It was great to see just how much this activity helped to make those who came along open up. What was also evident was the amazing camaraderie and how the youngest members were supported by older members, first timers by seasoned regulars.

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Sporting memories groups are also not just great social activities, but have been really positive activities for people with dementia. The Sporting Memories Network even won Best National Dementia Friendly Initiative in 2014 by Alzheimer’s Society.

As Norrie and his colleague Margo were tidying up, they told me more about how the group works. They really emphasised how they couldn’t keep running the group without their valued volunteers. So if you love sport and are looking for a really rewarding volunteer opportunity check out www.sportingmemoriesnetwork.com to see what groups are operating close by.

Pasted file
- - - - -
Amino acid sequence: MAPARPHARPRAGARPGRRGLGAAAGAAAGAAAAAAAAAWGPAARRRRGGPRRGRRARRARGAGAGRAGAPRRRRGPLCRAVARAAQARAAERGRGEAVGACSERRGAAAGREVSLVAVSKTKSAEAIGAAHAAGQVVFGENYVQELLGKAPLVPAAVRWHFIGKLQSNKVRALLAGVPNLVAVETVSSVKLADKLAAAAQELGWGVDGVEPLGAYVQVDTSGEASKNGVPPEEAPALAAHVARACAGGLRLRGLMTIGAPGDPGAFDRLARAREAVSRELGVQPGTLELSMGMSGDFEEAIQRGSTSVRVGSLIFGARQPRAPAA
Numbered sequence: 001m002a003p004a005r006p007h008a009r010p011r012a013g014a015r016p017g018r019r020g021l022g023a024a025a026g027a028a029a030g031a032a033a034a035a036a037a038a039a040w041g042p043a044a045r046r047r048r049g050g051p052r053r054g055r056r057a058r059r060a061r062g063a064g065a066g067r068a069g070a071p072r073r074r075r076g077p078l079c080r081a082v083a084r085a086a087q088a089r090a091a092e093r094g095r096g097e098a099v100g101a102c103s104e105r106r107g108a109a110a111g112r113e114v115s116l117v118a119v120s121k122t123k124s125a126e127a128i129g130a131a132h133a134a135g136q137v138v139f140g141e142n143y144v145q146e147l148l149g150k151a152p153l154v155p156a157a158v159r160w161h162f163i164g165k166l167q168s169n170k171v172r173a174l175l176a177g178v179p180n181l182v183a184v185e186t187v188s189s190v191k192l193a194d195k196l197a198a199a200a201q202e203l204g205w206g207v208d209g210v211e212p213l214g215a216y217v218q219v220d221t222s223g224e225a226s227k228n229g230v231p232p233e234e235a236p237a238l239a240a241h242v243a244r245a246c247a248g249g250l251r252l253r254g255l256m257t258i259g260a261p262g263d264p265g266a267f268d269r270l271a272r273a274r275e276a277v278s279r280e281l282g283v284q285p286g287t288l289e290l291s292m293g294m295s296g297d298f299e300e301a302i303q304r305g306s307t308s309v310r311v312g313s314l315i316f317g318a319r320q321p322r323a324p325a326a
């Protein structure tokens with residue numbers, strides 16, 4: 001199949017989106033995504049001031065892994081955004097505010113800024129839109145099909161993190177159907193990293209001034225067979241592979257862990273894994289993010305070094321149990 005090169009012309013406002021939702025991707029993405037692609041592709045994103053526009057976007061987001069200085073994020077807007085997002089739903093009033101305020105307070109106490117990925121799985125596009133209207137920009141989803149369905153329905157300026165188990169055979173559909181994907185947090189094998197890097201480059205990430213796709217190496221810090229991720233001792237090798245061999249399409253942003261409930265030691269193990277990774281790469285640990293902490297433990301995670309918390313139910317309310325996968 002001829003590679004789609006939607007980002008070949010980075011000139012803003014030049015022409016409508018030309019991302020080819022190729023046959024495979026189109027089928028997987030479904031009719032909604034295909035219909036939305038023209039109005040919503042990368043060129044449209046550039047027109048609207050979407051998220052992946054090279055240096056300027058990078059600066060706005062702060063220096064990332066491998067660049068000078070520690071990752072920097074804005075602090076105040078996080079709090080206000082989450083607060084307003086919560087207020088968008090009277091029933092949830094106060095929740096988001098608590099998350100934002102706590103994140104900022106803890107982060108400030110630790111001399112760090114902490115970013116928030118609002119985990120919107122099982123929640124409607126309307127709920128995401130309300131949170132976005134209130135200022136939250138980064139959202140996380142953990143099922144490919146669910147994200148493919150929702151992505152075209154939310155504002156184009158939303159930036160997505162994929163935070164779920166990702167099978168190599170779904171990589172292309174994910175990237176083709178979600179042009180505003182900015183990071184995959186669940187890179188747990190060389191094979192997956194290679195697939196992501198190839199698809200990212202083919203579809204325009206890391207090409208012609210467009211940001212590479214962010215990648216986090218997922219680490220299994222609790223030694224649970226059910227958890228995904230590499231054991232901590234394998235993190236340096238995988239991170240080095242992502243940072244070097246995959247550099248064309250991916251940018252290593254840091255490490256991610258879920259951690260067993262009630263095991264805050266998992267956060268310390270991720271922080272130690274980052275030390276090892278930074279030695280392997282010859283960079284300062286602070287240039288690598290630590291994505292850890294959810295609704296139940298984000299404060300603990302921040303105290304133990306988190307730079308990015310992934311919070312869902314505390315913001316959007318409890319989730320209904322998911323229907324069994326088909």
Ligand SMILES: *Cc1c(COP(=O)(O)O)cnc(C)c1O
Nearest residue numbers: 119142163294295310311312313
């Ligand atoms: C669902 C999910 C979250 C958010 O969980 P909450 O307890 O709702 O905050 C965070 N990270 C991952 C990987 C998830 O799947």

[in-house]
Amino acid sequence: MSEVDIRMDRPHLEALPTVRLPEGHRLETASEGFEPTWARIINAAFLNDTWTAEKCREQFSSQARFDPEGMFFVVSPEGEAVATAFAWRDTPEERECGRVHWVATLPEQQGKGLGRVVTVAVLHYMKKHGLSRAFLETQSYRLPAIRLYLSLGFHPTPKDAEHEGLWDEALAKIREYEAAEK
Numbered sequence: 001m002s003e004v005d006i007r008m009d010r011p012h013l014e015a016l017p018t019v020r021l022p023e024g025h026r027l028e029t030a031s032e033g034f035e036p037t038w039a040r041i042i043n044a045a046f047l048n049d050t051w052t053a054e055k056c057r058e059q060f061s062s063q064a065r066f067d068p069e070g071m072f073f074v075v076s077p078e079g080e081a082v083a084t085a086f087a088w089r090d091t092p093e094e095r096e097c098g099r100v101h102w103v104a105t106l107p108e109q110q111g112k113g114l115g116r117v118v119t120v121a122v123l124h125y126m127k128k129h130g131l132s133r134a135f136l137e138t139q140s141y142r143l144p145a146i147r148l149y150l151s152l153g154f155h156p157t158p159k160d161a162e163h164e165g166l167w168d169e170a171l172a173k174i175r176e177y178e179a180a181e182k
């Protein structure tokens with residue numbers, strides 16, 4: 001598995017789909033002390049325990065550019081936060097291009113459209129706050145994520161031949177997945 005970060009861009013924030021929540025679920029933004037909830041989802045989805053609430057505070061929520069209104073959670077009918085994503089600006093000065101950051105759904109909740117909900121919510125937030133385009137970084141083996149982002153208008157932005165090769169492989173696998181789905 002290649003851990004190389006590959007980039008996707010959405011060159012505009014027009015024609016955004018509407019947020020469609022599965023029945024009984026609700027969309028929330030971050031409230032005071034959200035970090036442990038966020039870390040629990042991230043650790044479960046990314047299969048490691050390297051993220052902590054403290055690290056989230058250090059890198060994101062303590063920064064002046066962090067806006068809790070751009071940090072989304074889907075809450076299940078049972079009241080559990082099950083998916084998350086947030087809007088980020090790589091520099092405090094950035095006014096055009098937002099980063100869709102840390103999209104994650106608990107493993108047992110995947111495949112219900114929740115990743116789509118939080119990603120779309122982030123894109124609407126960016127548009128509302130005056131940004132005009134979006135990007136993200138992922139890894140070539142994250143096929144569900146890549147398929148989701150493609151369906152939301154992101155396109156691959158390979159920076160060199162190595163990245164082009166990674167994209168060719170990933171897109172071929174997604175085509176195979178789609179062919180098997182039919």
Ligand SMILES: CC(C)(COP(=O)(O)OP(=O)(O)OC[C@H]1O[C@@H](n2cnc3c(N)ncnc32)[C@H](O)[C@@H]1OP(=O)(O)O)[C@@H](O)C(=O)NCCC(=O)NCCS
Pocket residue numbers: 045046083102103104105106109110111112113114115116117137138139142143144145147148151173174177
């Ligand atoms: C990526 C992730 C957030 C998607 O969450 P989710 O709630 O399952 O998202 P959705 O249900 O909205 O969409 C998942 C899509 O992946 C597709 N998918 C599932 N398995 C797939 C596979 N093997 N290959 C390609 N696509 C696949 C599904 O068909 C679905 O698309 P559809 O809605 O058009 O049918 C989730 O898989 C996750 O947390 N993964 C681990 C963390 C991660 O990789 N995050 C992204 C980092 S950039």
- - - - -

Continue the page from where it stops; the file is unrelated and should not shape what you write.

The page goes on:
Irn-bru and an Iced Biscuit

Amy Telford, our Events and Community Fundraiser, shares her recent experience visiting some of our Member Groups and seeing firsthand the fantastic work they are doing in their local communities with help from Age Scotland.


I was recently lucky enough to meet with four ladies who form the committee for Age Scotland member group, The Carron Connect Partnership. They run SOFIA Project, organising social events in the local community for people over the age of 50.

I was bowled over not only by their commitment to helping those in later life, but also by their support of Age Scotland. Chair, Val Hunter, told me that they would love to do some 50/50 fundraising this year as they “…appreciate all of the support that Age Scotland has shown them and want to give something back.” This was so lovely to hear.

Ladies enjoying themselves at the tea dance